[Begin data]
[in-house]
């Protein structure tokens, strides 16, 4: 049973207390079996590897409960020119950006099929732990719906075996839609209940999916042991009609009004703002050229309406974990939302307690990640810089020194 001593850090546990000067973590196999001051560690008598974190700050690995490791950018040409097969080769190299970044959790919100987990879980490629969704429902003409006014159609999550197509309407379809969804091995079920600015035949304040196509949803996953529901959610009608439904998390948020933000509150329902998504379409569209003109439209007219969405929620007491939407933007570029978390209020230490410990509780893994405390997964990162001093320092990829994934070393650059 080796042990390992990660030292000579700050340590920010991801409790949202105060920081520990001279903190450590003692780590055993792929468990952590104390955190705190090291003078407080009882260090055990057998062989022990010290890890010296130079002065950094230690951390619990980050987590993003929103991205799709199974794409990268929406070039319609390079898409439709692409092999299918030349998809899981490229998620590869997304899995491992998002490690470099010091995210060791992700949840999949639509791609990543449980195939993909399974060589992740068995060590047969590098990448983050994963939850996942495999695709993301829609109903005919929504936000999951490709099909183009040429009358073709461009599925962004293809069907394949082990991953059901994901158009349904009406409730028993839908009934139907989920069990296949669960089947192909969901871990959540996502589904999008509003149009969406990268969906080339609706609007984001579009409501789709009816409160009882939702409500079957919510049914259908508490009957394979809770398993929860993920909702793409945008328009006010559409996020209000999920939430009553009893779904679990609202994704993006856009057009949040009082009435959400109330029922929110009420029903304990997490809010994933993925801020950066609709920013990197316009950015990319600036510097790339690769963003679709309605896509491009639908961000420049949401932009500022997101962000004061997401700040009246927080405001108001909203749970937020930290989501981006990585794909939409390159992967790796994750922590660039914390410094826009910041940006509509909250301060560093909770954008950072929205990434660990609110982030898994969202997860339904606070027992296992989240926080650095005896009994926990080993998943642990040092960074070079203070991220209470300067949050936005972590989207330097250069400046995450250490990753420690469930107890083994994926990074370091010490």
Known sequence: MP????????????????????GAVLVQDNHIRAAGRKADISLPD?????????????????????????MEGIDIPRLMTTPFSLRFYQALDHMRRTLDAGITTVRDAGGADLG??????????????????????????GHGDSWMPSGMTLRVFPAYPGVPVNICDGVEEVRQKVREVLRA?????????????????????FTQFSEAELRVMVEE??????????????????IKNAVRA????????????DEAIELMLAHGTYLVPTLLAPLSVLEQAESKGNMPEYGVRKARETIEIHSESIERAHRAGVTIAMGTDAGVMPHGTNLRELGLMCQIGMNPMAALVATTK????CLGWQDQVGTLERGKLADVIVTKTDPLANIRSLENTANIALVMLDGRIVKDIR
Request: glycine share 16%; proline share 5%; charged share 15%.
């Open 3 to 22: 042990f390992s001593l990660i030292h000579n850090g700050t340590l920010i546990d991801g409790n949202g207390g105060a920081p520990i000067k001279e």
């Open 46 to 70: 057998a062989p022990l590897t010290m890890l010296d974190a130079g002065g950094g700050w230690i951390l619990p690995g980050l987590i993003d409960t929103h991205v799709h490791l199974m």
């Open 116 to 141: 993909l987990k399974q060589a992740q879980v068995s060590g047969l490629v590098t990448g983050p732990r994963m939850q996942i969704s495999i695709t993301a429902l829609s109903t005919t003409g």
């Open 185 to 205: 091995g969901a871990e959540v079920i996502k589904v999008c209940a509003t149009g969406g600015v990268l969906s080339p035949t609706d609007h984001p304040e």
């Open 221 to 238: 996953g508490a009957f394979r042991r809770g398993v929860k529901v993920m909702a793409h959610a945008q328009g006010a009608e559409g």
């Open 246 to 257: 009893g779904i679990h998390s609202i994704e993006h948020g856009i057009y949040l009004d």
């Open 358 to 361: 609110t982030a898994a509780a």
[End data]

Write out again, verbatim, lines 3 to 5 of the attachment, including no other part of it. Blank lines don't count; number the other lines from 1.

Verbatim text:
Known sequence: MP????????????????????GAVLVQDNHIRAAGRKADISLPD?????????????????????????MEGIDIPRLMTTPFSLRFYQALDHMRRTLDAGITTVRDAGGADLG??????????????????????????GHGDSWMPSGMTLRVFPAYPGVPVNICDGVEEVRQKVREVLRA?????????????????????FTQFSEAELRVMVEE??????????????????IKNAVRA????????????DEAIELMLAHGTYLVPTLLAPLSVLEQAESKGNMPEYGVRKARETIEIHSESIERAHRAGVTIAMGTDAGVMPHGTNLRELGLMCQIGMNPMAALVATTK????CLGWQDQVGTLERGKLADVIVTKTDPLANIRSLENTANIALVMLDGRIVKDIR
Request: glycine share 16%; proline share 5%; charged share 15%.
């Open 3 to 22: 042990f390992s001593l990660i030292h000579n850090g700050t340590l920010i546990d991801g409790n949202g207390g105060a920081p520990i000067k001279e």